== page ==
Little did we know that it would pay off in what I considered the less concealed of the two blinds, on a bluebird morning that next Saturday.

  Arriving close to sunrise, we were treated to a Hunt Breakfast with scrambled eggs, bacon, toast and coffee. The Wildfowl Ninja's grandmother was so kind to prepare it for us and it was just what we needed to start the day. After carrying more gear than a Sherpa on the way to base camp, we settled in at the second of the two blinds and made quick work of setting up our spread. With no wind, I set up three "pods" of four oversize shells on motion stakes, with five silhouettes at our 1 0'clock position to close off that part on the "X".

Looking Out over the Dekes

  This left a nice landing zone in front (with a range decoy at 35 yards) and after we added some camo netting, we settled in.  The Wildfowl Ninja was using his Weatherby SA-08 in 20 GA, with an extended IC Carlson's waterfowl choke and 3" Hevi-Metal #2's; I had my Benelli SBEII, with an extended Mod Carlson's choke and 3 1/2 Hevi-Shot #2's. If there was anything within the range decoy, our heaters were up to the task. But were we?  Early on, it seemed we would be skunked.

The Wildfowl Ninja wearing his Xmas Present!

I was vigilant in looking for birds, but not good on blind banter.  Changing that, before long we were laughing and I looked up to see six geese doing a fIy by fifteen yards out and banking up over us.  Whoops...I hope this was not the only set. From 8 a.m.  to 9:30 a.m., we had seen high flying birds coming from our 9 to 3 o'clock position and some had gotten close. Out in front and 100's of yards out, we had flagged in some for a closer look but no one was committing. I went out and checked the blind for any tell tale giveaways and "opened" up the spread a little, making more room between decoys.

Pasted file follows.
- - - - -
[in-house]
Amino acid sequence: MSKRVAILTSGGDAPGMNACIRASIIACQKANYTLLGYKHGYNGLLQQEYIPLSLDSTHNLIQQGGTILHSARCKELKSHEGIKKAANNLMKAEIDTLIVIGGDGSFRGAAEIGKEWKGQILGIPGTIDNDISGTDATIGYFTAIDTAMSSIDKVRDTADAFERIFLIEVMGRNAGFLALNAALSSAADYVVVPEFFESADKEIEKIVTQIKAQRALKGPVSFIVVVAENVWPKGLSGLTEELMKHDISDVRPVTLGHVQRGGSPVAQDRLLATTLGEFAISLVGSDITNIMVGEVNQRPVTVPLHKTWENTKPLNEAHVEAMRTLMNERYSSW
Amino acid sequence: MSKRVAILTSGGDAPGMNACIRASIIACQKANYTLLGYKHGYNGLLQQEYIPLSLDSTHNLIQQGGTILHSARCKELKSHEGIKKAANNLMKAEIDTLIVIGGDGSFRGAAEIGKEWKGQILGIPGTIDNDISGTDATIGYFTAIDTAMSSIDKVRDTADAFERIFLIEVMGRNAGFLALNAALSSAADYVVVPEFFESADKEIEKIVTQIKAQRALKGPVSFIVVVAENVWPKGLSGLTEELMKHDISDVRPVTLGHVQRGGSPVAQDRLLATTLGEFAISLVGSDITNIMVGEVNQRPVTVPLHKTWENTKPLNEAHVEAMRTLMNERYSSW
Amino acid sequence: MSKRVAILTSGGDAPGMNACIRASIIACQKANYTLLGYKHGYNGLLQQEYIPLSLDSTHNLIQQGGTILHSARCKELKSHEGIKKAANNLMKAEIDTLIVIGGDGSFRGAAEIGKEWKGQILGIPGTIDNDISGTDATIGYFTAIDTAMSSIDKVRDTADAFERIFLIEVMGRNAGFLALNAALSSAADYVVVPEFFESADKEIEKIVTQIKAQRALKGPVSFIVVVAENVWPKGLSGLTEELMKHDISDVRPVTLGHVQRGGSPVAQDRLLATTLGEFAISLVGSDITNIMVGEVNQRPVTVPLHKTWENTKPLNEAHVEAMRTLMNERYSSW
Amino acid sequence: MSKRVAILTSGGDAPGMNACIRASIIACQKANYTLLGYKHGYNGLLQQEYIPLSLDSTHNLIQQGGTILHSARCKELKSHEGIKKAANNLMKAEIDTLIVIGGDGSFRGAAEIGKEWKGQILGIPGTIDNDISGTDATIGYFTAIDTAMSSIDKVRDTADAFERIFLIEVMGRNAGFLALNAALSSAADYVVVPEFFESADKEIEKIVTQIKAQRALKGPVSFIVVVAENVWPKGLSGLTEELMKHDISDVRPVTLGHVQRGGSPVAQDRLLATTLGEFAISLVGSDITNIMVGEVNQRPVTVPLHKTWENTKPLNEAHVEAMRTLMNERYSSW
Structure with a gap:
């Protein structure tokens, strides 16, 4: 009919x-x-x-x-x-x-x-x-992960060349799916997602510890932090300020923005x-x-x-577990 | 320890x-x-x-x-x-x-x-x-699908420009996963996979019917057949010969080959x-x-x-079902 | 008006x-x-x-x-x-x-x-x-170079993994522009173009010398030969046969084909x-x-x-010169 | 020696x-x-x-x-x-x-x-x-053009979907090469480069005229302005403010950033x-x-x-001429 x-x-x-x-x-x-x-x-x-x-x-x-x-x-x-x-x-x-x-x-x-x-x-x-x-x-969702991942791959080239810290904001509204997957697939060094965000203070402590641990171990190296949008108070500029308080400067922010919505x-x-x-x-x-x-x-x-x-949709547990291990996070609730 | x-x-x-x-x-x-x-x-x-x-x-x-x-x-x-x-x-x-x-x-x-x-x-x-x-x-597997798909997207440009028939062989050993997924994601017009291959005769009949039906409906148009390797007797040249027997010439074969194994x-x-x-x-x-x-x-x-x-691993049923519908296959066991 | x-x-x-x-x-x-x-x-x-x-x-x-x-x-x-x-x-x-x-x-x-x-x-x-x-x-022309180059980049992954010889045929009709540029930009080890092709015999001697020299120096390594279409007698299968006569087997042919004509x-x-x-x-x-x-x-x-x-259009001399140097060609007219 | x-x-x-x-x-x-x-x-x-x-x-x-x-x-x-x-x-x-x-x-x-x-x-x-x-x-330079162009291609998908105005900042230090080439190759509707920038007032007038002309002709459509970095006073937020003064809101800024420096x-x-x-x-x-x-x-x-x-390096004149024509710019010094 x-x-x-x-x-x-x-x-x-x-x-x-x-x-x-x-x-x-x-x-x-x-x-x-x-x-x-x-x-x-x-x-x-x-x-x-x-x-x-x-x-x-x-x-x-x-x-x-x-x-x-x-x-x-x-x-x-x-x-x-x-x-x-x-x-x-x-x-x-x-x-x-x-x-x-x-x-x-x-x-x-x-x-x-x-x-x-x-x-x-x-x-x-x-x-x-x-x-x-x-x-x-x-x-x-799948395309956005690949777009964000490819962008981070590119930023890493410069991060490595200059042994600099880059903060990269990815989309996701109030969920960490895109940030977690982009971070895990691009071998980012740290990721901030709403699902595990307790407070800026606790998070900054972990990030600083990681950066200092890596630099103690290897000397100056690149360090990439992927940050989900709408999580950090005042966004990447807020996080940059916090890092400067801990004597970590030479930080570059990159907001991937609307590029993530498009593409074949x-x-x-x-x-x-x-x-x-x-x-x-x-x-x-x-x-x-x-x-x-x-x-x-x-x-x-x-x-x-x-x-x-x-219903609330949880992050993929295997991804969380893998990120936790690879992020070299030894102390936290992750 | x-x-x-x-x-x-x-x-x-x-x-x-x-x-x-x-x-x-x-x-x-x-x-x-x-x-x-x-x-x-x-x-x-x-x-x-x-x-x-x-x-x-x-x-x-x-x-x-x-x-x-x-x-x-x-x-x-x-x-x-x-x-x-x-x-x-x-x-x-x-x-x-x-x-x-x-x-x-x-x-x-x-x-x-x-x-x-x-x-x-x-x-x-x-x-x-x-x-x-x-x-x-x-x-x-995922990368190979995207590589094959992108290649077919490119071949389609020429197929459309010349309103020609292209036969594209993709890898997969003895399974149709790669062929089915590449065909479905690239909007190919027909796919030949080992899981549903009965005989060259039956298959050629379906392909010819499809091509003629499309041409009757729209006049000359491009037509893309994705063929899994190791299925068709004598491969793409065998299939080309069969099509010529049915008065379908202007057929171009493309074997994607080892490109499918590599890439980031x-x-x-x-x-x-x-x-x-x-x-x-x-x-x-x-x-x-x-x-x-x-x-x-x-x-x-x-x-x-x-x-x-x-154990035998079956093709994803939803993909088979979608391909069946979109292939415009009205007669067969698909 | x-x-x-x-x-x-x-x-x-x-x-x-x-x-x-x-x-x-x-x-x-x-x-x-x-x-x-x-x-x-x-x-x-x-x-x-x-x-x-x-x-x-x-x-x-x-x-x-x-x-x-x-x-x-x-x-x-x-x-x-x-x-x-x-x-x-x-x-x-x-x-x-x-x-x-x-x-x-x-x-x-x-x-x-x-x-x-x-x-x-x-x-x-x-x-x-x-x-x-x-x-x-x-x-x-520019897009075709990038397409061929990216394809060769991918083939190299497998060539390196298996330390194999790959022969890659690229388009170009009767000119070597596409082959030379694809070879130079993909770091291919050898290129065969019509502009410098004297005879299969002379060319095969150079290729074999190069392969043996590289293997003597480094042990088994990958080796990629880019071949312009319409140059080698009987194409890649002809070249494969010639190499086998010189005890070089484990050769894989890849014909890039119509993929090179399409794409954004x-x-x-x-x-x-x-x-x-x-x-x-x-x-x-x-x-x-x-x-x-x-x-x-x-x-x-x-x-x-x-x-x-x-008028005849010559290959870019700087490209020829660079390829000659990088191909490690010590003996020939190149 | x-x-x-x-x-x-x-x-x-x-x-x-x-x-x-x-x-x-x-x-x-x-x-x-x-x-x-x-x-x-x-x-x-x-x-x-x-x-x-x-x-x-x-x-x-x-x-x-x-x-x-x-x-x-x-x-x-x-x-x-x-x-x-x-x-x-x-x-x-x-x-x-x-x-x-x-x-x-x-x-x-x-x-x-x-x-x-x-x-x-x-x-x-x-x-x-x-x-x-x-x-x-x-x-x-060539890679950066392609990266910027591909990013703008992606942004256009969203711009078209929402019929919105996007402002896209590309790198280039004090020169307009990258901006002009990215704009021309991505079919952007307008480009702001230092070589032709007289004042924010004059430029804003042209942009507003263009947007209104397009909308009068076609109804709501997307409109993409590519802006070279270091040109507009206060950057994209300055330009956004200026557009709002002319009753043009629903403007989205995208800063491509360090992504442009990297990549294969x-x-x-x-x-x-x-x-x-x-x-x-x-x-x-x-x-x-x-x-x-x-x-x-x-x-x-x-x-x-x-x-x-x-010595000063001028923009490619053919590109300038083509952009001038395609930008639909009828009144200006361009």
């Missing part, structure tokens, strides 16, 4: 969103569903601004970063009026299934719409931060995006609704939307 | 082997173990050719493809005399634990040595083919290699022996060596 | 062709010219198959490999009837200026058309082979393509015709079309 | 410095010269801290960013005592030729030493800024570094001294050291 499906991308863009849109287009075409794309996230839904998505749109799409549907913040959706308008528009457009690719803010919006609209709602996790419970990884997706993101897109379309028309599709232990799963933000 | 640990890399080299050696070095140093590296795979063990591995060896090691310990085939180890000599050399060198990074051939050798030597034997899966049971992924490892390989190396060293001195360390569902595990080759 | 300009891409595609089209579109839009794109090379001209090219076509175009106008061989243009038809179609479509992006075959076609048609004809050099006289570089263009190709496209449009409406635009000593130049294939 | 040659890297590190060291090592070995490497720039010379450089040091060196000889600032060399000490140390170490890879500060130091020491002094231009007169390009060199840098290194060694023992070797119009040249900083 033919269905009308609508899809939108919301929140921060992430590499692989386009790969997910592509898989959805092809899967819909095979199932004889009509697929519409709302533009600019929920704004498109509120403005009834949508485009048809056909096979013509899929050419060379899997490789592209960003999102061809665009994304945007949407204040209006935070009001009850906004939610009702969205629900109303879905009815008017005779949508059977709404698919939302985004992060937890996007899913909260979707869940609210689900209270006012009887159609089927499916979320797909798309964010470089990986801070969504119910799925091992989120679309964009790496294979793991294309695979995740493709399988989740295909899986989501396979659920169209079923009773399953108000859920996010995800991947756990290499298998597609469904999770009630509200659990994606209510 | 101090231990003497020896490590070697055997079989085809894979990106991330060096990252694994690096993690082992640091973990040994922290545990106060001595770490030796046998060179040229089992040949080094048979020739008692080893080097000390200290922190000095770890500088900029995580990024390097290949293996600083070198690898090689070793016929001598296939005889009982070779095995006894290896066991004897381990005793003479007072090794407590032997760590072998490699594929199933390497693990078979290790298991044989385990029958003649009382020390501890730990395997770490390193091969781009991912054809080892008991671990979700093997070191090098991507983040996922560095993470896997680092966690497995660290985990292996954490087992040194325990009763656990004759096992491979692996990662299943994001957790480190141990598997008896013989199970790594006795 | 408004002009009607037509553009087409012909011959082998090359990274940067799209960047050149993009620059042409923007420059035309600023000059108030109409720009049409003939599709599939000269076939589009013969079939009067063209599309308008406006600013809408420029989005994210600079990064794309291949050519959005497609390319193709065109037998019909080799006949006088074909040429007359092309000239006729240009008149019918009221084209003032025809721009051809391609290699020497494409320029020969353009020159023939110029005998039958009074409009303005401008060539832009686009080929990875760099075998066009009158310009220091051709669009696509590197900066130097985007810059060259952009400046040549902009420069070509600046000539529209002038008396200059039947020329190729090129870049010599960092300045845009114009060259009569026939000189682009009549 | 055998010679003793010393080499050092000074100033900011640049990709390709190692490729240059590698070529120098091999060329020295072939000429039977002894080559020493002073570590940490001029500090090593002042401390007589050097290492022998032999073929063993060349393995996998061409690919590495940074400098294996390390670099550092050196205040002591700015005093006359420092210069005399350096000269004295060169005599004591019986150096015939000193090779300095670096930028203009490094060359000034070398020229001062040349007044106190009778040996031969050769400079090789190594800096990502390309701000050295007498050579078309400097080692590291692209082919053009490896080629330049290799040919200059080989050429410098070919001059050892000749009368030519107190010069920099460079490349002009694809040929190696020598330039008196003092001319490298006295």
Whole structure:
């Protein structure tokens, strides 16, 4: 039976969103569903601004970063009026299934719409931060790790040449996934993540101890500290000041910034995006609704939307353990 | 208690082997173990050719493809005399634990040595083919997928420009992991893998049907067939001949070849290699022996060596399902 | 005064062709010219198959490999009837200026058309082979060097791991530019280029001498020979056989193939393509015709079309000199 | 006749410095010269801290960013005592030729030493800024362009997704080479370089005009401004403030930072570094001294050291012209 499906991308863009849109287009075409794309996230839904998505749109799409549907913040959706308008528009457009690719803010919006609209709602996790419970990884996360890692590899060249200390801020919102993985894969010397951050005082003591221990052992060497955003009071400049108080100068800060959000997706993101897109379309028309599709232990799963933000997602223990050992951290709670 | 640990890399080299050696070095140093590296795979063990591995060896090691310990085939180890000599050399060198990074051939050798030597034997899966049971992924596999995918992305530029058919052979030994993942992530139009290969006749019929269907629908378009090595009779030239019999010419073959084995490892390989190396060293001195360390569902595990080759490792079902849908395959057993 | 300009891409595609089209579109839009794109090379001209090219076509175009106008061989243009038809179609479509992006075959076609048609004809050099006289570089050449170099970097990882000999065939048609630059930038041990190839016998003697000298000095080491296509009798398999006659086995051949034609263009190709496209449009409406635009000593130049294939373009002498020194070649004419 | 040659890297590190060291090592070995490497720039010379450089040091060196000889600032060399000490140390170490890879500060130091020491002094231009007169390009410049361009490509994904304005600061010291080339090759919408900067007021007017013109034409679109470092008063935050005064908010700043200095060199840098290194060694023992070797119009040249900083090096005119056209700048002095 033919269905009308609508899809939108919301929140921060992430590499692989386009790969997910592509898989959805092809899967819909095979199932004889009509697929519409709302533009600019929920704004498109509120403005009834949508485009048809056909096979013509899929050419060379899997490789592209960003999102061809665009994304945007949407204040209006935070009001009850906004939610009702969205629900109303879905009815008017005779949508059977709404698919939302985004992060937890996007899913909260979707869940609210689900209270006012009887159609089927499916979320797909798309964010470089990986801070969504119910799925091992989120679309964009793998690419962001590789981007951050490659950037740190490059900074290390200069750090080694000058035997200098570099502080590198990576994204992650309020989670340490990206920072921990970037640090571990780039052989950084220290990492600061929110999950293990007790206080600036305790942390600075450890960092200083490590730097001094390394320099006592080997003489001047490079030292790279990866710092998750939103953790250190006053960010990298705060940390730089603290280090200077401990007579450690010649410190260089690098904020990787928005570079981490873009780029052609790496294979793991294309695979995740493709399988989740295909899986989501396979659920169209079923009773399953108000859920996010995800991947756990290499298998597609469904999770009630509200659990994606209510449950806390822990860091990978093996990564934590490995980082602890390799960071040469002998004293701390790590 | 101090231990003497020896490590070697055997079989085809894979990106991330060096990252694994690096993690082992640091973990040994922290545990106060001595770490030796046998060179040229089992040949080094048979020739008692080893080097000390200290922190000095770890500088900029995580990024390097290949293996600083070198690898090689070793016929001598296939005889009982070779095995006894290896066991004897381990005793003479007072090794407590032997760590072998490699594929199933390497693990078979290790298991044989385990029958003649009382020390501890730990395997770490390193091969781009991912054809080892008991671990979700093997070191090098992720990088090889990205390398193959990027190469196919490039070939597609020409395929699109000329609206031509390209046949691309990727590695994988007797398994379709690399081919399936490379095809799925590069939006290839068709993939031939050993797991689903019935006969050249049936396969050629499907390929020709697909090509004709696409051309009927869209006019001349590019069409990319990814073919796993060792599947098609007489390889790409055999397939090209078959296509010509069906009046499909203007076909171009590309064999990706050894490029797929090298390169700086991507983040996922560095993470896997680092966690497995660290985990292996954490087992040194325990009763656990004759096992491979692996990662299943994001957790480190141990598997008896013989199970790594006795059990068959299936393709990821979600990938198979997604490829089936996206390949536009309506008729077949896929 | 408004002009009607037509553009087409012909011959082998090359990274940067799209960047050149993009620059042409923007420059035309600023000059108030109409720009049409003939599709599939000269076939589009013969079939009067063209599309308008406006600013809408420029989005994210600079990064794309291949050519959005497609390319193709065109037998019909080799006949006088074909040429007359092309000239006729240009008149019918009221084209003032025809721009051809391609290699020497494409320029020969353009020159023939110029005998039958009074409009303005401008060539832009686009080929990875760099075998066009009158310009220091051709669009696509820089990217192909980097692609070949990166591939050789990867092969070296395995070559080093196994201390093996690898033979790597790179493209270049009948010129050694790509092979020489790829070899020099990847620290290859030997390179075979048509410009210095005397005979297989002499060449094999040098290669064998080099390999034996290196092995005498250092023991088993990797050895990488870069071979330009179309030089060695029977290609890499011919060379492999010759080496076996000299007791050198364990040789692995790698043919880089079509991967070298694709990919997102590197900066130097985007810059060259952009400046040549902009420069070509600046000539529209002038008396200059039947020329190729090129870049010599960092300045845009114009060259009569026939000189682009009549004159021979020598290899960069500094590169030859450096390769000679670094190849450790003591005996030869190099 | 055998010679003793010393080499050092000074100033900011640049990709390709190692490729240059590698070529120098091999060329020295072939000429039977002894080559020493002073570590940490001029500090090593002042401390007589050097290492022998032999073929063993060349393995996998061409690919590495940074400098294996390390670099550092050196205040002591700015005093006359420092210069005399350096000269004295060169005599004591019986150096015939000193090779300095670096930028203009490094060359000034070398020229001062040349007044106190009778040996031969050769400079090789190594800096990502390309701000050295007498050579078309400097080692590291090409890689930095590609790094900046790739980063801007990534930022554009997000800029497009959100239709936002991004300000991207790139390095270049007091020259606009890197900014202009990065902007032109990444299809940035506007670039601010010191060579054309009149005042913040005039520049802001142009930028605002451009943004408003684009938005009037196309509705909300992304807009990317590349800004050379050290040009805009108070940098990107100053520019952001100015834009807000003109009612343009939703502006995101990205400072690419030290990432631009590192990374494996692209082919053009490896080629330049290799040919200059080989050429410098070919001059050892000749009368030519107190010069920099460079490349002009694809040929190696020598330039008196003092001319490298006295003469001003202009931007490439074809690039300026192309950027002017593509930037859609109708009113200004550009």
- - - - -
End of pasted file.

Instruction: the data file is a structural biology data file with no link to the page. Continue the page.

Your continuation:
Awaiting the Honkers

As the sun warmed things up, so did the action. There were a few flights that came in close and then a set of eight came in from our 8 o'clock position at 50 yards high. They looked like they would fly straight out and away, until they banked back toward us, dropped and came by for another look.  I dropped the flag, gave one last call and told my partner to get ready.  They cupped their wings and committed.

 "Now", I called out, and as he stood, they tried to gain altitude. He took his first shot and the goose pinwheeled to the ground. I stood up and took a shot, as he took his second.  My first shot connected and so did his second. My last shot went high.

I looked at him and he was beaming. Hours talking over strategy on the skeet range; setting up blinds and all the times he came as an observer paid off. In a big way. Two shots. Two geese. We put our guns on safety and went into the field. The last bird was winged and after I checked the other two, we went after him and brought him back to the other two.

It was a fine first goose hunt and I told him, "This was a good day, but there will be many times we won't bring home birds". Looking at me with a knowing smile, he replied, "I know". We did not need to say it. It was being together that was the true bounty. In learning from each other and spending time in the outdoors we always "limited out" And today, he did. On his first goose hunt. How cool is that!

Wildfowl Ninja with Half of His Limit!